Unique namespacing can be achieved by following a strict convention (e.g pacomo), or by using a dedicated tool, such as a grunt task, to enforce uniqueness and warn at build time when there’s a namespace conflict in the project’s SCSS files.

3) Non-Bleeding CSS

Bleeding occurs when CSS rules undesirably affect other pieces of DOM, causing side effects. This happens when selectors affect an unknown or unspecified child node. Avoiding CSS bleeding is relatively easy to achieve by only using selectors which affect known children, like so: Always prefer an immediate child selector over a regular descendent selector:



Avoid universal selector, which selects as a wildcard of everything on your DOM and looks like this:




Don’t use it. Instead, specify exactly which elements should be selected, like so:



This ensures composability and reusability, since it prevents CSS from bleeding into nested child components, which may internally use .child-class.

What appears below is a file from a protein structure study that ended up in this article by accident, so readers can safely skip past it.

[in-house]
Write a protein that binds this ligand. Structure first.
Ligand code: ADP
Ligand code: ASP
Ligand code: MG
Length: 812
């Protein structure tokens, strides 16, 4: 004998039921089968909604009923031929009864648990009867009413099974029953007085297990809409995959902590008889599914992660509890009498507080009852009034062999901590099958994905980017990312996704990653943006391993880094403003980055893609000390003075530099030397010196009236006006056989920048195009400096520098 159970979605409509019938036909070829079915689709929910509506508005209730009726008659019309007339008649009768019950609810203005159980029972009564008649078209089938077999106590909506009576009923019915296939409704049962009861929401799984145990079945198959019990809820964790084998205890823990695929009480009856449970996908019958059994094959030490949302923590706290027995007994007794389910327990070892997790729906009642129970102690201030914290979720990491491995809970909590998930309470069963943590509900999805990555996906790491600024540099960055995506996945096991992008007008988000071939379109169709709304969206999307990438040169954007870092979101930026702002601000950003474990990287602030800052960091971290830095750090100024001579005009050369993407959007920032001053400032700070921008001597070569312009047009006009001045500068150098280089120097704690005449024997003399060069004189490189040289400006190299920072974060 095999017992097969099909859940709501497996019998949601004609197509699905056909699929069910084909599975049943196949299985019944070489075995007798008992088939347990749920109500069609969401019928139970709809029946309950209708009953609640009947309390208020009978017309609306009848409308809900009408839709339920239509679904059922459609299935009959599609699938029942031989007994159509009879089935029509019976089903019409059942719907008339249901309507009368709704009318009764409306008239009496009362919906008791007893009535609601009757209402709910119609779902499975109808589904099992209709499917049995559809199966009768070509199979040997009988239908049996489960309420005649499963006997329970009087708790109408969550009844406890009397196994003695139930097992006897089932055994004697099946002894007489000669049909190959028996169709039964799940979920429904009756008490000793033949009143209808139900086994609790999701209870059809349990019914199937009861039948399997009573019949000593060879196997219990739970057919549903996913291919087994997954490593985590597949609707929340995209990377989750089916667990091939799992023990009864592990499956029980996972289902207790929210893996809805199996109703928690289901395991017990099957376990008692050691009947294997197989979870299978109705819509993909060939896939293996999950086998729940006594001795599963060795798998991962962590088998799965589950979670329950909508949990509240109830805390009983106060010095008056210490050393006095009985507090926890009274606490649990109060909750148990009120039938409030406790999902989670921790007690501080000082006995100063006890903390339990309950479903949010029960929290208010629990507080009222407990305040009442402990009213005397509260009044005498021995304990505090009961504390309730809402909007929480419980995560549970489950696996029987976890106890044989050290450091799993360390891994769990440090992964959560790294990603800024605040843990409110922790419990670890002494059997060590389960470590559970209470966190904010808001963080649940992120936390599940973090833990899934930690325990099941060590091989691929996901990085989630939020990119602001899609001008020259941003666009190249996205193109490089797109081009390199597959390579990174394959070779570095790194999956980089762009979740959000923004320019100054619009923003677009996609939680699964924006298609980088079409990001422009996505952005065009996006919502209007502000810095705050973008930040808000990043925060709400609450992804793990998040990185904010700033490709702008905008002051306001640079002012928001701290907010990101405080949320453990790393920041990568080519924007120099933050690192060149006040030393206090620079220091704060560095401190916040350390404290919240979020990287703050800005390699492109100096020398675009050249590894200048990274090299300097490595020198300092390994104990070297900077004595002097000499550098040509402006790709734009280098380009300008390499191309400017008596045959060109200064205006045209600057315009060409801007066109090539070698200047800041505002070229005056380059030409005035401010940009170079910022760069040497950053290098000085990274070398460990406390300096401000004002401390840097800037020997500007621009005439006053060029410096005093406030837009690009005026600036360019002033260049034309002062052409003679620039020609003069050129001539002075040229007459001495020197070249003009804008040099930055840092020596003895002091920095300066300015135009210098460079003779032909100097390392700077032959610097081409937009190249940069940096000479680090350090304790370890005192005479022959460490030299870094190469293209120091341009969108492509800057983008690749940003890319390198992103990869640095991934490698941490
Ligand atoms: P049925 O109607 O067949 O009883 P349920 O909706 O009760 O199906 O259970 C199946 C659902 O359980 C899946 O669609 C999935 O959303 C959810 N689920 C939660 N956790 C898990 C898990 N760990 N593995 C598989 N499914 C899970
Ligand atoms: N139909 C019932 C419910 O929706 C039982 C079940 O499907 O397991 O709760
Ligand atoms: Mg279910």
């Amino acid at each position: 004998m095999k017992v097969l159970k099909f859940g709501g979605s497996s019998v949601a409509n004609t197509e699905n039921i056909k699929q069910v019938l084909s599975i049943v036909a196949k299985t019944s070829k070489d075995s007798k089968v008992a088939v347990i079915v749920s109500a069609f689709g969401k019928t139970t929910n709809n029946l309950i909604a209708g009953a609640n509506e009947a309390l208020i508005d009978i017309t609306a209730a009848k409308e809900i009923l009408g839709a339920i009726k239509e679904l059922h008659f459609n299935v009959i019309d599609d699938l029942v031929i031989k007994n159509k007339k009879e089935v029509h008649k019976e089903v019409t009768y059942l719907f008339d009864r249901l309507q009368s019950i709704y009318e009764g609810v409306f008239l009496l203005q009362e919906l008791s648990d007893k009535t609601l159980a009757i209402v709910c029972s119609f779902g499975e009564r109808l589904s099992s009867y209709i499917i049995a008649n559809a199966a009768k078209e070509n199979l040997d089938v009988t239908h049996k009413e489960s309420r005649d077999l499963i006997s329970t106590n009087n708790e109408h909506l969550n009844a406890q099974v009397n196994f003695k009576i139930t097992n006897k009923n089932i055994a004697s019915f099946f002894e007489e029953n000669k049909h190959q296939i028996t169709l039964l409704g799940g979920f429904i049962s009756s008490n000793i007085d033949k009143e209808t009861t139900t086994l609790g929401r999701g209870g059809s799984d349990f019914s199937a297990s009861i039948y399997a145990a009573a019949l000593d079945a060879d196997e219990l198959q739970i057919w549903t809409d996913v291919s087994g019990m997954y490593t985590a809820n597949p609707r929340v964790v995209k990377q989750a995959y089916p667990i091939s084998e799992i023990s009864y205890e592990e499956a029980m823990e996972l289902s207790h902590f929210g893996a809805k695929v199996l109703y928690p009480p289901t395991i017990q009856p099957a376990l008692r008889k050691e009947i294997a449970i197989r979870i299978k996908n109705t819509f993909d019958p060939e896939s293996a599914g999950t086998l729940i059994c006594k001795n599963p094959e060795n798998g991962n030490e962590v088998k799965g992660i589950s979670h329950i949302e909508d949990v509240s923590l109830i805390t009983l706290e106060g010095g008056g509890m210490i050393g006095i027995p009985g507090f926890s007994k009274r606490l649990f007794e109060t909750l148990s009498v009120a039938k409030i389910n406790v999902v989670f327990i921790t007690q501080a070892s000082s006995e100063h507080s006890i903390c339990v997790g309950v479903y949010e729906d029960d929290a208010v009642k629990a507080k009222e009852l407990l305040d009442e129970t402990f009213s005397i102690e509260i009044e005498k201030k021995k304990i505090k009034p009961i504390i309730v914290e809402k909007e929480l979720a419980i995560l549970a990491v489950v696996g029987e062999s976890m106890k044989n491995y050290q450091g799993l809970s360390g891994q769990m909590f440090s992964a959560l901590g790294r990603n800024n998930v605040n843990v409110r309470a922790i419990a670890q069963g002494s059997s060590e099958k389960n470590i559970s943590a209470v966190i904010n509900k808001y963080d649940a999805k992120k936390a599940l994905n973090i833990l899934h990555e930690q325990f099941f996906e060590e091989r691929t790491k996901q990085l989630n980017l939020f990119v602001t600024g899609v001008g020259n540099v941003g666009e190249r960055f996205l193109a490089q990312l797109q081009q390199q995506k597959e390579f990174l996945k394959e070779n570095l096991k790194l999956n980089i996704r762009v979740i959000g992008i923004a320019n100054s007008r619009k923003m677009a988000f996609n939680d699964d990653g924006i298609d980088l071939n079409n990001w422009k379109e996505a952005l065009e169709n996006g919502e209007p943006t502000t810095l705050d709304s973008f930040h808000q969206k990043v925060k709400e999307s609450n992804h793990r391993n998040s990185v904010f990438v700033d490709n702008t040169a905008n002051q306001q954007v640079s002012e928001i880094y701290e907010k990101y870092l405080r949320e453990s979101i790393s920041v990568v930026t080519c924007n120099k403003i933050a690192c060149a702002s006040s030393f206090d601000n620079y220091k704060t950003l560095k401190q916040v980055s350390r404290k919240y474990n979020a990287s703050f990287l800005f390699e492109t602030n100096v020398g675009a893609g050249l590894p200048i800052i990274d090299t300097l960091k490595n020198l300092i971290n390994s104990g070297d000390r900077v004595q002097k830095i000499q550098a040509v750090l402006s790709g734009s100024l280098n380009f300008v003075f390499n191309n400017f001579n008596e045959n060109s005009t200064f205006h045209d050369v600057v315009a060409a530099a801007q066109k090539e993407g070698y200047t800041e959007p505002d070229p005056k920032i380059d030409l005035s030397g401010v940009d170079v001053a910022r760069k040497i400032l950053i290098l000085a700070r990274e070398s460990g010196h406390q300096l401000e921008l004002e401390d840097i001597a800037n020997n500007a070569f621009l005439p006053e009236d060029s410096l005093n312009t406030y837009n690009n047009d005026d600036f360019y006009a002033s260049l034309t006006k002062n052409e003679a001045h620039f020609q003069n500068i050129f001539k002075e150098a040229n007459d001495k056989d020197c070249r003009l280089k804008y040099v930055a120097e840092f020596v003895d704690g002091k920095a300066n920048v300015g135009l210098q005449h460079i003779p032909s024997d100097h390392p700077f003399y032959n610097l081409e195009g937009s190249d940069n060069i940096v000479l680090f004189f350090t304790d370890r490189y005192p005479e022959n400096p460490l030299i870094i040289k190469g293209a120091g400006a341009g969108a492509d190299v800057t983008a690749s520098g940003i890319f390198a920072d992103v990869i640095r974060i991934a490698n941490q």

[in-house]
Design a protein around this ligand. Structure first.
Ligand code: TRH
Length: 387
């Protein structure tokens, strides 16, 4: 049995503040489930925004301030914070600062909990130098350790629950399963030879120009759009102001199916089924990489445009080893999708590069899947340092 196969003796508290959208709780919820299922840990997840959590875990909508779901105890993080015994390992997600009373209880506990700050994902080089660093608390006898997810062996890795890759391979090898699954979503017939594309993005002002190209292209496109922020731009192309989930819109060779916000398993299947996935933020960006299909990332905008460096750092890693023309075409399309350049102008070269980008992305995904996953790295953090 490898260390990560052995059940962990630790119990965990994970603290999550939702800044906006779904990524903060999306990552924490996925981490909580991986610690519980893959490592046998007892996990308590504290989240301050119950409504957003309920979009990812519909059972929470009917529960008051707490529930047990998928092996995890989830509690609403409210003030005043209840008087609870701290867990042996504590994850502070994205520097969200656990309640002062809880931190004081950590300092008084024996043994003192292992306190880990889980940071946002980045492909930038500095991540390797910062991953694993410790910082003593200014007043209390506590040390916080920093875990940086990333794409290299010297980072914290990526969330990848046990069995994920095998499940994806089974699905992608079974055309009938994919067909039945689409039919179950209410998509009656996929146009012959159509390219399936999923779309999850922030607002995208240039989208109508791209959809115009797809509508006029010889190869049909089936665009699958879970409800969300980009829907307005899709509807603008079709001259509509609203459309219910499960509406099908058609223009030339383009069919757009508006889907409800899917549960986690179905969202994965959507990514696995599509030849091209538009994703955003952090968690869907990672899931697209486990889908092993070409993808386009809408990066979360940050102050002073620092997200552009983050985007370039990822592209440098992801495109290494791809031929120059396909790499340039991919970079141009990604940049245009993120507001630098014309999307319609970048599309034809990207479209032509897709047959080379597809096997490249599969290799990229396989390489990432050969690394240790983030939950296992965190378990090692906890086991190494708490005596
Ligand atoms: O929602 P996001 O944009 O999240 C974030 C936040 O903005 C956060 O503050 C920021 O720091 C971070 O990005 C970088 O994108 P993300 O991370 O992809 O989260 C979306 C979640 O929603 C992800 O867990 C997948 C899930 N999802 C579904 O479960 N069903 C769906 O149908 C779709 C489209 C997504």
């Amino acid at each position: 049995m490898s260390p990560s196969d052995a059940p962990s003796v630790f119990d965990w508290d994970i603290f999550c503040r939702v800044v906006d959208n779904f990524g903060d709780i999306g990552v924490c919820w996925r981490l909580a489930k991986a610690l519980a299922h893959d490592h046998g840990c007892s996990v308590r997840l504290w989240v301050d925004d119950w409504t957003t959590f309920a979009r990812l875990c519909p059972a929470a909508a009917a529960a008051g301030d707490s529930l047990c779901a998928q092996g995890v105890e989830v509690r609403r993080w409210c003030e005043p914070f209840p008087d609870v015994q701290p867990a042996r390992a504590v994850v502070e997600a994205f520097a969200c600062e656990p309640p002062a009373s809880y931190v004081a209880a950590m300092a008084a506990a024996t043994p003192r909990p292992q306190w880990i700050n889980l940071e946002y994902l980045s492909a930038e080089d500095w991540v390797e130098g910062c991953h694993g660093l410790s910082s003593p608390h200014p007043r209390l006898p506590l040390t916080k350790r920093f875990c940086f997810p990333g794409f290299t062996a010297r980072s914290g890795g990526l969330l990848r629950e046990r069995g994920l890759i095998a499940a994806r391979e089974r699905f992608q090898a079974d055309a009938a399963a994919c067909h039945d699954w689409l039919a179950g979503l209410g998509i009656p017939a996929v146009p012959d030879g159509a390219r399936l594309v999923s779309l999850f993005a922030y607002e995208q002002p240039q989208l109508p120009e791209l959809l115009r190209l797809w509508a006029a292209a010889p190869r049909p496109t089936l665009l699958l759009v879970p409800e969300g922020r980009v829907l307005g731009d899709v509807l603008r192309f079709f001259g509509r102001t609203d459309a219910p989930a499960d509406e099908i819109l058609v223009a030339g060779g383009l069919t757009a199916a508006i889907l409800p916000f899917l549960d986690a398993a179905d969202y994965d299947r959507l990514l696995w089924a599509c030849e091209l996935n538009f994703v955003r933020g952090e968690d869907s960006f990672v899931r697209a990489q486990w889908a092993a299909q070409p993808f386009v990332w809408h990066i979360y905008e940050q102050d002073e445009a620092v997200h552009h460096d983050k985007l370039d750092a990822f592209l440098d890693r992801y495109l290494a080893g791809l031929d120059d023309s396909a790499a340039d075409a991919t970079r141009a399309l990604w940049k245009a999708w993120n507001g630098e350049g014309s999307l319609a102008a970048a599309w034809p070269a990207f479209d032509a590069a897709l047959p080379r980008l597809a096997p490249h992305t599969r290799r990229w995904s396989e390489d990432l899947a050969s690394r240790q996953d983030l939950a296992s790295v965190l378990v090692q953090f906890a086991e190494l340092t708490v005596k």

4) Strict SCSS File Structure

As many developers collaborate to the same code, keeping the SCSS file structure neat and easy to read has clear benefits. A developer should be able to glance at the file, and trivially know what CSS is applied to a certain piece of corresponding HTML.

Here’s how it’s done: The SCSS file structure should match the DOM structure; Each section of CSS should be nested just as it is nested in the DOM hierarchy. Each CSS section should be organized: Own style rules first, then modes, then children. This can be enforced using scss-lint, by enabling the DeclarationOrder, and MergableSelector linters. Here’s an example SCSS declaration:



5) In Place Overrides

CSS overrides are customizations to the component’s CSS whenever it’s nested within parent components. They should be defined alongside the component’s CSS and not anywhere else. Avoid styling overrides in the parent component’s style. Use the built-in SCSS parent selector:





6) Component Modes

Component Modes are different CSS style rules of the same component, which are applied when an additional class name is authored on the component’s root node. This effectively declares the component’s API, with regard to styling. For example, consider a Message component, which has two modes: success and error:





Authoring Mode-Specific CSS to Deep Child Nodes